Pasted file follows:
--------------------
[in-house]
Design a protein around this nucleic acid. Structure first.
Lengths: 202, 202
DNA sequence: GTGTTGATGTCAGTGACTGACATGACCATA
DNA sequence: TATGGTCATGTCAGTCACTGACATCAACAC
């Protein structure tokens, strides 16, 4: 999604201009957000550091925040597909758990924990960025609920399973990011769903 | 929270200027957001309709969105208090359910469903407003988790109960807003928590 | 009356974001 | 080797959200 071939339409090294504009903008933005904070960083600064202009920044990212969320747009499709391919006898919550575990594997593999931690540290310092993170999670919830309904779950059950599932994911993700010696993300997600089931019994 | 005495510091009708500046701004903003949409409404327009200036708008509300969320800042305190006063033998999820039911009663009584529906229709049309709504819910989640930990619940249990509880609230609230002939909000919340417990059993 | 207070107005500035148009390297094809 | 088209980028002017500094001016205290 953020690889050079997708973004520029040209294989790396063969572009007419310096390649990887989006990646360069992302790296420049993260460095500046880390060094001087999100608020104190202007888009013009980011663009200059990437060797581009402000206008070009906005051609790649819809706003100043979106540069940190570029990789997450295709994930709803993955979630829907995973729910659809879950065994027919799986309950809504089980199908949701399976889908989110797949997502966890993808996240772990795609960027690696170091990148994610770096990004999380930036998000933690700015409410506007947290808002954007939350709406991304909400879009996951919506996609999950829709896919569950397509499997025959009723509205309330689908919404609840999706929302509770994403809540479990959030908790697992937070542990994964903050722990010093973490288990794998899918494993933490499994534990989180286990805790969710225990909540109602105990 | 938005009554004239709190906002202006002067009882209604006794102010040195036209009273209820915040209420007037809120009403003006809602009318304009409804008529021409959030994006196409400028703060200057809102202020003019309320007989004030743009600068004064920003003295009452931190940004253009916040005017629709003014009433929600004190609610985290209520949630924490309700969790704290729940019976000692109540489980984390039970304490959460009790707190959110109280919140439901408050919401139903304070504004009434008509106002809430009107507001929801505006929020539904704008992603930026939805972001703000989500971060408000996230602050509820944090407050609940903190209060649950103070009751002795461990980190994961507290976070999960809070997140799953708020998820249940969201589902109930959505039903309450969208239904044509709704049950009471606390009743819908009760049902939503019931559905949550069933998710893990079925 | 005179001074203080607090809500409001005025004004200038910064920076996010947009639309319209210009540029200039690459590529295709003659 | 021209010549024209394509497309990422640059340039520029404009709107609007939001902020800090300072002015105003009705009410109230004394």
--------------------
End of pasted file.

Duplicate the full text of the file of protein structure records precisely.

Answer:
[in-house]
Design a protein around this nucleic acid. Structure first.
Lengths: 202, 202
DNA sequence: GTGTTGATGTCAGTGACTGACATGACCATA
DNA sequence: TATGGTCATGTCAGTCACTGACATCAACAC
């Protein structure tokens, strides 16, 4: 999604201009957000550091925040597909758990924990960025609920399973990011769903 | 929270200027957001309709969105208090359910469903407003988790109960807003928590 | 009356974001 | 080797959200 071939339409090294504009903008933005904070960083600064202009920044990212969320747009499709391919006898919550575990594997593999931690540290310092993170999670919830309904779950059950599932994911993700010696993300997600089931019994 | 005495510091009708500046701004903003949409409404327009200036708008509300969320800042305190006063033998999820039911009663009584529906229709049309709504819910989640930990619940249990509880609230609230002939909000919340417990059993 | 207070107005500035148009390297094809 | 088209980028002017500094001016205290 953020690889050079997708973004520029040209294989790396063969572009007419310096390649990887989006990646360069992302790296420049993260460095500046880390060094001087999100608020104190202007888009013009980011663009200059990437060797581009402000206008070009906005051609790649819809706003100043979106540069940190570029990789997450295709994930709803993955979630829907995973729910659809879950065994027919799986309950809504089980199908949701399976889908989110797949997502966890993808996240772990795609960027690696170091990148994610770096990004999380930036998000933690700015409410506007947290808002954007939350709406991304909400879009996951919506996609999950829709896919569950397509499997025959009723509205309330689908919404609840999706929302509770994403809540479990959030908790697992937070542990994964903050722990010093973490288990794998899918494993933490499994534990989180286990805790969710225990909540109602105990 | 938005009554004239709190906002202006002067009882209604006794102010040195036209009273209820915040209420007037809120009403003006809602009318304009409804008529021409959030994006196409400028703060200057809102202020003019309320007989004030743009600068004064920003003295009452931190940004253009916040005017629709003014009433929600004190609610985290209520949630924490309700969790704290729940019976000692109540489980984390039970304490959460009790707190959110109280919140439901408050919401139903304070504004009434008509106002809430009107507001929801505006929020539904704008992603930026939805972001703000989500971060408000996230602050509820944090407050609940903190209060649950103070009751002795461990980190994961507290976070999960809070997140799953708020998820249940969201589902109930959505039903309450969208239904044509709704049950009471606390009743819908009760049902939503019931559905949550069933998710893990079925 | 005179001074203080607090809500409001005025004004200038910064920076996010947009639309319209210009540029200039690459590529295709003659 | 021209010549024209394509497309990422640059340039520029404009709107609007939001902020800090300072002015105003009705009410109230004394």